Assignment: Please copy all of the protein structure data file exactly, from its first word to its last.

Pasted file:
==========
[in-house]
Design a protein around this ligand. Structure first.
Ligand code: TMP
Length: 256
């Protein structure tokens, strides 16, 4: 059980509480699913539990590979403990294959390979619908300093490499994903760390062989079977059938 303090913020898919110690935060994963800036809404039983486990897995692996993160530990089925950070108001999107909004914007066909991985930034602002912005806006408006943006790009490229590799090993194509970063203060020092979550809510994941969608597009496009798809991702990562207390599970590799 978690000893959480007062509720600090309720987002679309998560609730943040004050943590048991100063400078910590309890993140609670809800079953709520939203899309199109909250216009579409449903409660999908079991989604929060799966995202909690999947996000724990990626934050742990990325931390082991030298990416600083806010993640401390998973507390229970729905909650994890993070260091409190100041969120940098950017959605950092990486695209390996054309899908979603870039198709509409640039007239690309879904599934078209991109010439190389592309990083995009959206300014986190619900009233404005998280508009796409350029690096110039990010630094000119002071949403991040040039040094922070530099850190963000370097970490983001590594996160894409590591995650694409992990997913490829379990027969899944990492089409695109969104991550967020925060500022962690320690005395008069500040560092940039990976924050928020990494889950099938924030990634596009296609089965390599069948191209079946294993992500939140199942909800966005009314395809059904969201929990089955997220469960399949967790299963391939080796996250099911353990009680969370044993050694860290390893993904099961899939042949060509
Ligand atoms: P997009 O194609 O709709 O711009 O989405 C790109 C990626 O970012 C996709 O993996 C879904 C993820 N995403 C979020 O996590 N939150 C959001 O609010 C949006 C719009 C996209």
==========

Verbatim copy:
[in-house]
Design a protein around this ligand. Structure first.
Ligand code: TMP
Length: 256
């Protein structure tokens, strides 16, 4: 059980509480699913539990590979403990294959390979619908300093490499994903760390062989079977059938 303090913020898919110690935060994963800036809404039983486990897995692996993160530990089925950070108001999107909004914007066909991985930034602002912005806006408006943006790009490229590799090993194509970063203060020092979550809510994941969608597009496009798809991702990562207390599970590799 978690000893959480007062509720600090309720987002679309998560609730943040004050943590048991100063400078910590309890993140609670809800079953709520939203899309199109909250216009579409449903409660999908079991989604929060799966995202909690999947996000724990990626934050742990990325931390082991030298990416600083806010993640401390998973507390229970729905909650994890993070260091409190100041969120940098950017959605950092990486695209390996054309899908979603870039198709509409640039007239690309879904599934078209991109010439190389592309990083995009959206300014986190619900009233404005998280508009796409350029690096110039990010630094000119002071949403991040040039040094922070530099850190963000370097970490983001590594996160894409590591995650694409992990997913490829379990027969899944990492089409695109969104991550967020925060500022962690320690005395008069500040560092940039990976924050928020990494889950099938924030990634596009296609089965390599069948191209079946294993992500939140199942909800966005009314395809059904969201929990089955997220469960399949967790299963391939080796996250099911353990009680969370044993050694860290390893993904099961899939042949060509
Ligand atoms: P997009 O194609 O709709 O711009 O989405 C790109 C990626 O970012 C996709 O993996 C879904 C993820 N995403 C979020 O996590 N939150 C959001 O609010 C949006 C719009 C996209």